I float here at the center of a synthesized cosm. My intellect is neuroplexed to the ship's sensory array as well as the third-of-a-million probes that migrate in vast patterns around our trajectory. A web of supraliminal communication pathways feed the data to my little sphere, where it is integrated and processed into an orderly panorama of the firmament. I exchange data with my brethren on similar explorer ships and widen the scope of my awareness even farther.
I can see everything.
The whole of the spectrum is laid out for my perception; I need only focus. The convoluted workings of the universe appear as a simple, comprehensive schematic of glyphs and numbers. Orbital mechanics push and pull. Stellar particle fronts ripple through the dark before fading into the relic background. I know the number of photons passing through each square meter of visible space. I measure the tidal forces of trinary systems struggling in futility against the hungry feedings of distant black holes. I see the undulating edges of nebulae as their primal vapors are sacrificed in starbirth. All of it falls into this orb at the ship's core for me to watch. My kind are the only known sentients with the mental facilities to stare into this vivid, kinetic abyss with such clarity.
When in transit I navigate the ship through spatial eddies and slipstreams, surf the rapids of wormholes, plot shortcuts through star clusters, and tack into even the faintest of gravity wells. The safety of the crew is my responsibility. I detect cosmic storms by the telltale skewings of cometary wakes, read the valence oscillations near pockets of dark matter, and spot the magnetic signatures of a thousand celestial anomalies. I have delivered this ship to countless destinations unscathed.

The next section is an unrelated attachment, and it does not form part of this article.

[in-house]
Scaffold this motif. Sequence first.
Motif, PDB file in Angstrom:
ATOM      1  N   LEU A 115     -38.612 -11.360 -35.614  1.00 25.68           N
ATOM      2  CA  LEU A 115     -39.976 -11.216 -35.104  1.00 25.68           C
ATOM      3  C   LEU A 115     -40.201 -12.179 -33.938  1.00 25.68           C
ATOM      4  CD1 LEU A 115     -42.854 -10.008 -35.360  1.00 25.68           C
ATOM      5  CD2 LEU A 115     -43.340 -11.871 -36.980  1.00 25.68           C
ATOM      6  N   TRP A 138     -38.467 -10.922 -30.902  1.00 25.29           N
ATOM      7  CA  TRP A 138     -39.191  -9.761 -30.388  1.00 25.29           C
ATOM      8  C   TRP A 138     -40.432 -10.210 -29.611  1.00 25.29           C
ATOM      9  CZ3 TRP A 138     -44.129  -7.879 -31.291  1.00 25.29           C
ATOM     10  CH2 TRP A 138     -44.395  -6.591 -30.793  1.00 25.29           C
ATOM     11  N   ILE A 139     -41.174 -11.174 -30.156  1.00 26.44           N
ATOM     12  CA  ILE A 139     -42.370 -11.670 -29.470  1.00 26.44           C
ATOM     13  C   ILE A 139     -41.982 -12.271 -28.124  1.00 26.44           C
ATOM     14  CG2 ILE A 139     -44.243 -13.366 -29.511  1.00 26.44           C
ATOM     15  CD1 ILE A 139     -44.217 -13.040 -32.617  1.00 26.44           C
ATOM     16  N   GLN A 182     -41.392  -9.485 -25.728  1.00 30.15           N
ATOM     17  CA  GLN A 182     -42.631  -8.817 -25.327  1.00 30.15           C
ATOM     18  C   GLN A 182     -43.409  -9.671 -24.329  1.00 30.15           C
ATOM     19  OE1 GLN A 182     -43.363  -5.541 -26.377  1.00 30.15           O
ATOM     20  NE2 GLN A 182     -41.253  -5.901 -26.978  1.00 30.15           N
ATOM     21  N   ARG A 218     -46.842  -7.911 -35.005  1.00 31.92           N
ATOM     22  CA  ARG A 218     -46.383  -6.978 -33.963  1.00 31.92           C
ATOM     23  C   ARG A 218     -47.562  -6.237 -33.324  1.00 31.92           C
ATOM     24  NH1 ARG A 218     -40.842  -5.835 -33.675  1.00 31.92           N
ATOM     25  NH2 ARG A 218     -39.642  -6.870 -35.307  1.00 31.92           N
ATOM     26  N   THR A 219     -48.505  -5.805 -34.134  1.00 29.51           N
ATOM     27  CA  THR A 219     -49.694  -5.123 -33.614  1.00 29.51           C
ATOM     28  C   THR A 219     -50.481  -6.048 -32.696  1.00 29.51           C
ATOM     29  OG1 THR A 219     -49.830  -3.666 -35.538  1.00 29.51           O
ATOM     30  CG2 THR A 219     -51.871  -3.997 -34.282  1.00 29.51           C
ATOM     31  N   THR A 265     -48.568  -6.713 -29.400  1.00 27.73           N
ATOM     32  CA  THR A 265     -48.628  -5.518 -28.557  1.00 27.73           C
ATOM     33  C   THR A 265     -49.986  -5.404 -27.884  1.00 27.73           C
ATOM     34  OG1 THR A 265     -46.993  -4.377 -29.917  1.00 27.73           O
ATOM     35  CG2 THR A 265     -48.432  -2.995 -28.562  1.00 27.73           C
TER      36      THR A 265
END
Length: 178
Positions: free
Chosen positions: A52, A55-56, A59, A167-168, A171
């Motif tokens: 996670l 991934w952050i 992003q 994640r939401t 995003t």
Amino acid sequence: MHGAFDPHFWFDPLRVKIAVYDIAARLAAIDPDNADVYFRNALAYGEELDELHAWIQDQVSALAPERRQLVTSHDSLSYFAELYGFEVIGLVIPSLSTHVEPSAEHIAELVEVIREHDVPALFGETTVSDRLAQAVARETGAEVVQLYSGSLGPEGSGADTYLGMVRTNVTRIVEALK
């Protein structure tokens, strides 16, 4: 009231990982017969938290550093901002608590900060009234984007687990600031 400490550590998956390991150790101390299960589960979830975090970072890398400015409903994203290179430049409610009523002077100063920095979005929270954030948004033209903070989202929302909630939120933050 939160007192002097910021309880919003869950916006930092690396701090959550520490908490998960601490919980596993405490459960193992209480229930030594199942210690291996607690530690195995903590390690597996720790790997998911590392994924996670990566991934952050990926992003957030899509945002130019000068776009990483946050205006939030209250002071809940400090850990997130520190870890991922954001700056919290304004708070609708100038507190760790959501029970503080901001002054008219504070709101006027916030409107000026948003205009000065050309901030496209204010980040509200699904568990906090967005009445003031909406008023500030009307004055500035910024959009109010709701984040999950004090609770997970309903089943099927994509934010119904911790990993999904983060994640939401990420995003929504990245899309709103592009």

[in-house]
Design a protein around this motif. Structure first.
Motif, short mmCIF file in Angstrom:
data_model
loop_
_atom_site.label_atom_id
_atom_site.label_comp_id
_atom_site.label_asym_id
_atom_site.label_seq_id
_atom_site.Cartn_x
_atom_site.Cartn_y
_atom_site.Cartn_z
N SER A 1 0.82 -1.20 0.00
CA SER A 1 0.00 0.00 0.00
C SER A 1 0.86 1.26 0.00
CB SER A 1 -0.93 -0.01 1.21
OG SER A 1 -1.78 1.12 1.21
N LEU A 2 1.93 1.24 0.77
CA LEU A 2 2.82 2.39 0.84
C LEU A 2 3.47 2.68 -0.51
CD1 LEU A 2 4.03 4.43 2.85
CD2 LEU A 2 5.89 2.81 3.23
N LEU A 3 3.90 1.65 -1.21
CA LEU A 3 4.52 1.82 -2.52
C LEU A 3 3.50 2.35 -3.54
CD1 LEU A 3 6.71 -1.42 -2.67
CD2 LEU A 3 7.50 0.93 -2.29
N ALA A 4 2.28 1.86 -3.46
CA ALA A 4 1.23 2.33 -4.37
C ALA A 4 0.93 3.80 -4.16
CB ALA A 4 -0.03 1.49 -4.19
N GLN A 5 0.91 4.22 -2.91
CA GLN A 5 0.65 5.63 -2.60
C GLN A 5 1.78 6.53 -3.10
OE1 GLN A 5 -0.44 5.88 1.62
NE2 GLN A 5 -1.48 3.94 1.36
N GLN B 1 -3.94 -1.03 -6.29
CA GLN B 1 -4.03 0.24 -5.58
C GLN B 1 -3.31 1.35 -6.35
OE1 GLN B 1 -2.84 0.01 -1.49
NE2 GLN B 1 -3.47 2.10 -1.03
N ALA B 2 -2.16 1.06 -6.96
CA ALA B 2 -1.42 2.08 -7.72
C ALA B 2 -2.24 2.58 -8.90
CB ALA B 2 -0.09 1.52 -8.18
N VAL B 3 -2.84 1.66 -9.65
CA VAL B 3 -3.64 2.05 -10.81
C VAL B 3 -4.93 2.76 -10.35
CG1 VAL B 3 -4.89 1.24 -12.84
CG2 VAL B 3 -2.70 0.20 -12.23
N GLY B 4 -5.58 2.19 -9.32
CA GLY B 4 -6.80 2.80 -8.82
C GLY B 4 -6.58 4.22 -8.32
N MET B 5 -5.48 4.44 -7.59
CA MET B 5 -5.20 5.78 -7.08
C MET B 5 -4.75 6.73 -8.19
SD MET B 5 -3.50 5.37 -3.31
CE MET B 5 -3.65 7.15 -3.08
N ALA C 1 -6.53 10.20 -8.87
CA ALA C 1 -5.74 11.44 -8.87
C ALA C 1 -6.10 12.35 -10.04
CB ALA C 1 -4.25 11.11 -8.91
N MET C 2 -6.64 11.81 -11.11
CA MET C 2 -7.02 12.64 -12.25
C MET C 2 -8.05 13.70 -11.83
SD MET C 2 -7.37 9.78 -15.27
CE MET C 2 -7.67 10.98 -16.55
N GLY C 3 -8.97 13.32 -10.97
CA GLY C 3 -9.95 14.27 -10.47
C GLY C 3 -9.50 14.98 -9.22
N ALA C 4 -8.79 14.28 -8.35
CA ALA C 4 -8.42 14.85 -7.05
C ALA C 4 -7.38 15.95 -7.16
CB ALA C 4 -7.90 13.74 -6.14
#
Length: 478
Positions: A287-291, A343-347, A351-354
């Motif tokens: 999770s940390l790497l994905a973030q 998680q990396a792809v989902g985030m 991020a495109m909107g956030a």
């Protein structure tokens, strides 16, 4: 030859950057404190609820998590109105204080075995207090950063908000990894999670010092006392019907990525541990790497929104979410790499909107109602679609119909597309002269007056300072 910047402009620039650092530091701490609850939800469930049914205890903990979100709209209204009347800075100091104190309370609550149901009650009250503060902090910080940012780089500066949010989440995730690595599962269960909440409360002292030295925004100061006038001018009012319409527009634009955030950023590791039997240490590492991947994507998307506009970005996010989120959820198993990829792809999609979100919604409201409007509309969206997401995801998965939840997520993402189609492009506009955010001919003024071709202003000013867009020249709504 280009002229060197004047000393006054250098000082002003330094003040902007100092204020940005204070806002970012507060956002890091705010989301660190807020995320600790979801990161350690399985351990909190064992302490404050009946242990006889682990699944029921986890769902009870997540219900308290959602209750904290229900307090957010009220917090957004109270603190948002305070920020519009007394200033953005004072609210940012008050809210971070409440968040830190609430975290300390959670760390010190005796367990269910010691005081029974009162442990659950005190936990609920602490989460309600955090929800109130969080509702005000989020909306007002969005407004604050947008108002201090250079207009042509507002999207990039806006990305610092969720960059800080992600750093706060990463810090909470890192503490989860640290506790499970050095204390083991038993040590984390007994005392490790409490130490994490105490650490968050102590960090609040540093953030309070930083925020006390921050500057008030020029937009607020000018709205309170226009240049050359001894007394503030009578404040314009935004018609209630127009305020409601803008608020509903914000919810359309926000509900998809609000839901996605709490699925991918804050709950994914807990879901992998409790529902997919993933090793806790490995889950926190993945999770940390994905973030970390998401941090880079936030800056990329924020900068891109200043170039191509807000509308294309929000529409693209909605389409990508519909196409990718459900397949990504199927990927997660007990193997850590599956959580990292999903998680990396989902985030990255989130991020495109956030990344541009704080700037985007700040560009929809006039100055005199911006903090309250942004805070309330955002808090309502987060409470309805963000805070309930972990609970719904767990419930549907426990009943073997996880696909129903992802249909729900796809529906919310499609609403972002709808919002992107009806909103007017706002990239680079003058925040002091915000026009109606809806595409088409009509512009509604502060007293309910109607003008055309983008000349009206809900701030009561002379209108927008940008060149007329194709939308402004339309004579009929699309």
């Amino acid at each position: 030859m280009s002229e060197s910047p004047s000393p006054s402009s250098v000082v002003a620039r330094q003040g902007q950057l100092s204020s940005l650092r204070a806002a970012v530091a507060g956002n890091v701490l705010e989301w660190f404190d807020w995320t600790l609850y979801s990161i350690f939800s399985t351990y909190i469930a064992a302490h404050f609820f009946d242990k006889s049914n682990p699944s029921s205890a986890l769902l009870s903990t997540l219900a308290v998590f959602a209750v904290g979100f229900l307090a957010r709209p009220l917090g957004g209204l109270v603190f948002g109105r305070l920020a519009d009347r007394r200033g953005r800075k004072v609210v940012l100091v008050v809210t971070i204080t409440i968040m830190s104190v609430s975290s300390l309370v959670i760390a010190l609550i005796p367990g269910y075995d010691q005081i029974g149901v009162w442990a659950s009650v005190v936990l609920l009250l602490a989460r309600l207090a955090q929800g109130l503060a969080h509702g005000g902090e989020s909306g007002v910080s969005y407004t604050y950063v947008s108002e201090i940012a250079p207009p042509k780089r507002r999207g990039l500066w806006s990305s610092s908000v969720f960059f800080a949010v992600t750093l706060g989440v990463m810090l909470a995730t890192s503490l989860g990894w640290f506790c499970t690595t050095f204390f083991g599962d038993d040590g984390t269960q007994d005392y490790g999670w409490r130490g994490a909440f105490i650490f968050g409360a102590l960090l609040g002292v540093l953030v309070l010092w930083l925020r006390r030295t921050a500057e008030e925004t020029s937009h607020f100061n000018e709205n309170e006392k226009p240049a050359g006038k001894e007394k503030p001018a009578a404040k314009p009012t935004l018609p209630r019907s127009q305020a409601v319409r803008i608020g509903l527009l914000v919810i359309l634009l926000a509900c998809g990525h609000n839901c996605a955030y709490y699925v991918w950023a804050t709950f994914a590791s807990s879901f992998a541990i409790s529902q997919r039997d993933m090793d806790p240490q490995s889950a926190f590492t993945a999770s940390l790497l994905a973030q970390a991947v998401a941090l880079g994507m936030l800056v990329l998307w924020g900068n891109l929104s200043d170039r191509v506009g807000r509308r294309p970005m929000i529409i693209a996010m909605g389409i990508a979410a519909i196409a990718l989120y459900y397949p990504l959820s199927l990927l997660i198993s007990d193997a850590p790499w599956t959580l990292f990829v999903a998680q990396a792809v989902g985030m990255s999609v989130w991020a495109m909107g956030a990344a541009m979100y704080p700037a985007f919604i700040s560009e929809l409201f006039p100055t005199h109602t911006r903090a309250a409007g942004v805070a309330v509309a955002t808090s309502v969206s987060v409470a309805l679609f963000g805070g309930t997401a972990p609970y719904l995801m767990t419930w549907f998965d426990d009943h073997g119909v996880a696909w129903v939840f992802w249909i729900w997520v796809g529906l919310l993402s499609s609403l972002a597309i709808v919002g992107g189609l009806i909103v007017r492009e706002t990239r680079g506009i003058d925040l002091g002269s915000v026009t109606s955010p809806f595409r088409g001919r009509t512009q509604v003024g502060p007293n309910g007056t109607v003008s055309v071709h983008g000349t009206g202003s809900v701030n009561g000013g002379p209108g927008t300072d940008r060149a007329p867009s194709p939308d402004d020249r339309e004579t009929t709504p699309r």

The crew value my talent and thank me often, but they are mystified by the magnitude of my sight, perhaps even a little afraid of it. They are scientists and specialists driven to explore and encounter the new and unknown, but they are aware that even a fraction of my cognition would overwhelm them.
As their abilities often overwhelm me.
Though I can deftly maneuver the ship through a system and drop it into perfect orbit around a new world, it is the crew who go down there. It is they who stand on exotic soil and meet the inhabitants, who do the meticulous work of crossing language and cultural barriers, who gently wield diplomacy and understanding in such a volatile situation. I divert my gaze from the universe around me and watch the away-teams chart new geographies, breathe in the alien atmosphere, study the rituals, taste strange foods, exchange knowledge, forge bonds, and wrap themselves in the visceral experience of exploration.
For them each contact makes the universe a slightly smaller place.
By the breadth of my vision, I envy them.

The Navigator                
2002 Bad Day Studio